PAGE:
Grafton HS grad Jeff Pederson recalls his 54-yard field goal made in 1977


September 21, 2020 4:30 pm

By Tom Mix
NDHSAA Media Specialist

VALLEY CITY, N.D. – Call it an omen. Call it a cosmic play on time. Sometimes memories come back to you just at the right time when they are needed.

Just ask Jeff Pederson of Fargo, North Dakota. Earlier this month, Pederson, a 60-year-old Chief Executive Officer at The Village Family Service Center in Fargo, received a letter from his sister with some old newspaper and magazine clippings from his days playing high school football at Grafton High School in the fall of 1977 – his senior season.

Some of the clippings chronicled his claim to fame – a 54-yard field goal Pederson had made in a 16-0 win over Bottineau on September 2, 1977 at Bottineau High School.

Here is where the timing of this correspondence comes into play: Just days after Pederson received that trip back into time, a North Dakota prep football player – Fargo Shanley senior kicker Emmet Kenney – connected for a 58-yard field goal in a 43-38 loss to West Fargo Sheyenne on Friday, September 18.

“Maybe I should send them back,” Pederson laughed referring to clippings. 

There are no official records (individual game, season or career) kept for high school football in North Dakota, but when Kenney hit the 58-yard field goal at West Fargo Sheyenne High School the question was inevitably going to be asked … “Is that field goal a state record?”

Unofficially … most likely.

What is known is it’s four yards longer than Pederson’s 54-yarder – the longest field goal known to be on record prior to Kenney’s 58-yarder.

“I haven’t seen the video yet, but I read about it in the newspaper,” Pederson said of Kenney’s field goal. “I’m excited for Emmet. That is a wonderful kick for a high schooler to make.”

Fifty-yard field goals aren’t a regular occurrence at the prep level in North Dakota, but once in a while the chosen few with the leg to cover that distance get to try and that was exactly what Pederson did in 1977.

Pederson, a 1978 graduate of Grafton High School, was the team’s quarterback who also handled kicking duties. In the game against Bottineau, a Spoilers drive stalled in Braves territory and Pederson’s coach called for the kick.

The ball was held at the 44-yard line and Pederson punched it through the uprights.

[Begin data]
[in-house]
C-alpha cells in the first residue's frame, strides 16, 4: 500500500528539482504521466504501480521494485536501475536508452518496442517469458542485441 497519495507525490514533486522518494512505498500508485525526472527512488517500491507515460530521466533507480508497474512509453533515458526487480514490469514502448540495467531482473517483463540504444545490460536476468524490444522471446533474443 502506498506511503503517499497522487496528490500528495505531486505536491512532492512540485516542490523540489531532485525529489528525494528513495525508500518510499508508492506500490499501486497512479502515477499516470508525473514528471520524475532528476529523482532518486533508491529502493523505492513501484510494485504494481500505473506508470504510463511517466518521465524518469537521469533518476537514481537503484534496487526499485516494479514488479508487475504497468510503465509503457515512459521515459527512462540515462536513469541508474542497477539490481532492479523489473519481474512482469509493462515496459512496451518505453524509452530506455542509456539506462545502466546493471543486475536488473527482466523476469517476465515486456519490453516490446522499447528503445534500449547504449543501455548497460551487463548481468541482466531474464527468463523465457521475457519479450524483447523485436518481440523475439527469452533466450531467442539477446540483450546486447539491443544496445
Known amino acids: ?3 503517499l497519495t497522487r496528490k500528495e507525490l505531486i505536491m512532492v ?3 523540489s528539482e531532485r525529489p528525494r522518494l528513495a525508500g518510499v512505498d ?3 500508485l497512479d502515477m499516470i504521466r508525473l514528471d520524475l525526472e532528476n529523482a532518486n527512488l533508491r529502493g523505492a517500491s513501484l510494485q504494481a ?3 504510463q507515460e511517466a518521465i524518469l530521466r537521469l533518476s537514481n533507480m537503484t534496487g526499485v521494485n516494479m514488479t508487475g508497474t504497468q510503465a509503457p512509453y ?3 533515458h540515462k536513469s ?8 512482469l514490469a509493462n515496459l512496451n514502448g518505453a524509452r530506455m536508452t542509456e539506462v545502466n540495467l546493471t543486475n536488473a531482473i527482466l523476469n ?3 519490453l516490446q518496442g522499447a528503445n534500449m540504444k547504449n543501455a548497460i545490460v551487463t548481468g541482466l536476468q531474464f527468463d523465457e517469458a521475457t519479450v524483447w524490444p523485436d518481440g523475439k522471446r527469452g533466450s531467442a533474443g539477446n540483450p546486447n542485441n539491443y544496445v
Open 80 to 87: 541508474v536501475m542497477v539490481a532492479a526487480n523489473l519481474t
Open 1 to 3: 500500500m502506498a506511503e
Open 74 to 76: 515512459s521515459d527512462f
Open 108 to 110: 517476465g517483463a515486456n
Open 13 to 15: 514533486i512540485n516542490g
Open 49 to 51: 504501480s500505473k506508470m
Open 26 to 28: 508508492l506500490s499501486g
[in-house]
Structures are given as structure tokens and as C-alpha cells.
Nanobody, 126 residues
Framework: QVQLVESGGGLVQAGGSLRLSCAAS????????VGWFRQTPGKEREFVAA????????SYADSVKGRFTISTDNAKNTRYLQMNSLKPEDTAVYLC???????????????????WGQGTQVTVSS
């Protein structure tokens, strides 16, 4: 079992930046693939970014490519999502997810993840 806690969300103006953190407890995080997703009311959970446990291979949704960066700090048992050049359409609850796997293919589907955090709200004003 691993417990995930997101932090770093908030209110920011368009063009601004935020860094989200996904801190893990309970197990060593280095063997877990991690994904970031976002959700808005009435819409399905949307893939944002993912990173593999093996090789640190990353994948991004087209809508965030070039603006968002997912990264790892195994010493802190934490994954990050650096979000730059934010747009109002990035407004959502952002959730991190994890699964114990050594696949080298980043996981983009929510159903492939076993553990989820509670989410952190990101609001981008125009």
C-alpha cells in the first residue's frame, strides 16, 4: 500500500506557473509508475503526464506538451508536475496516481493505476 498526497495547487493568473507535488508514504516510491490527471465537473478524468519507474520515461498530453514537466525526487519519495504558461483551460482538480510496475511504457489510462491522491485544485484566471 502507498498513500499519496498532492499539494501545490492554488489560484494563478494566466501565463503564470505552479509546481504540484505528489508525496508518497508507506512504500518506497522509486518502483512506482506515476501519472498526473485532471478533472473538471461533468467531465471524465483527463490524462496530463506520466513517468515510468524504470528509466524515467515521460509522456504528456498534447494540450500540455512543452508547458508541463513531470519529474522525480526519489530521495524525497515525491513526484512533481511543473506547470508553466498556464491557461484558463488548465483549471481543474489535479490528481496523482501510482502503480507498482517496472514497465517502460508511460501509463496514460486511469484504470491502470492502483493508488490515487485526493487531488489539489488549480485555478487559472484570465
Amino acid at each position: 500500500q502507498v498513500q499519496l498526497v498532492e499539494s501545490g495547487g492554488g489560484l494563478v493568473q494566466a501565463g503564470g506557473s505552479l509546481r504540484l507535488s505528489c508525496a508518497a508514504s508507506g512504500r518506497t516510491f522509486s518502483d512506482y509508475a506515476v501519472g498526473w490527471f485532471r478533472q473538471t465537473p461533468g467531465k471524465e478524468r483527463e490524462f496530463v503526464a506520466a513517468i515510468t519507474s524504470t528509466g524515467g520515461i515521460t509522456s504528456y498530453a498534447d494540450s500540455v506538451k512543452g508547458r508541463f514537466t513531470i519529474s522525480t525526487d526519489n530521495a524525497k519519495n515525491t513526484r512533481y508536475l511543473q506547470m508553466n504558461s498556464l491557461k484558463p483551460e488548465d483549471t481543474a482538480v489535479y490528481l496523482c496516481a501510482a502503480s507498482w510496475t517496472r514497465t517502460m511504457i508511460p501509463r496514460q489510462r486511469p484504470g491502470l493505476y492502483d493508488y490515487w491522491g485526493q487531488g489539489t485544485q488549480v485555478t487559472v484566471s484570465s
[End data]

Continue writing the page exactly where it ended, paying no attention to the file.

Pederson said he thought it was a pretty good 44-yard kick at the time. He soon was corrected on the magnitude of his field goal – mainly its true distance.

“I forgot to add the 10 yards from where the goal post is behind the endzone,” Pederson laughed.

Pederson also admitted to missing an extra point kick in the game against Bottineau – a detail that gets overshadowed when you hit from 54 yards.

A field goal of 54-yards, let alone one kicked in North Dakota is bound to drum up some publicity and boy did it ever for Pederson. Pederson’s kick was chronicled in the newspapers across the state in the days that followed. The media attention reached new heights when Pederson was featured in Sports Illustrated’s “Faces in the Crowd” section of the October 3, 1977 issue of the popular national periodical.

“It was unbelievable,” Pederson said of being featured in Sports Illustrated. “Billy Sims of the Oklahoma Sooners was featured on the cover so it was a popular issue.” 

Pederson also said he received letters of congratulations from North Dakota U.S. Senators Milton Young and Quentin Burdick following the feature in Sports Illustrated.

Pederson also played hockey and baseball for the Spoilers. He would later go on to play football for Jim Dew at Valley City State University. Pederson would make a 62-yard field goal for the Vikings in a game against Minnesota State Moorhead played at Alex Nemzek Stadium. He was due to be inducted into Valley City State’s Vikings Athletic Hall of Fame this fall, but the ongoing COVID-19 Pandemic has postponed the ceremony until 2021.

Instead, Pederson’s 1977 field goal got renewed appreciation and recognition as being one of the best field goals on record in state history.

It all works out in the end.

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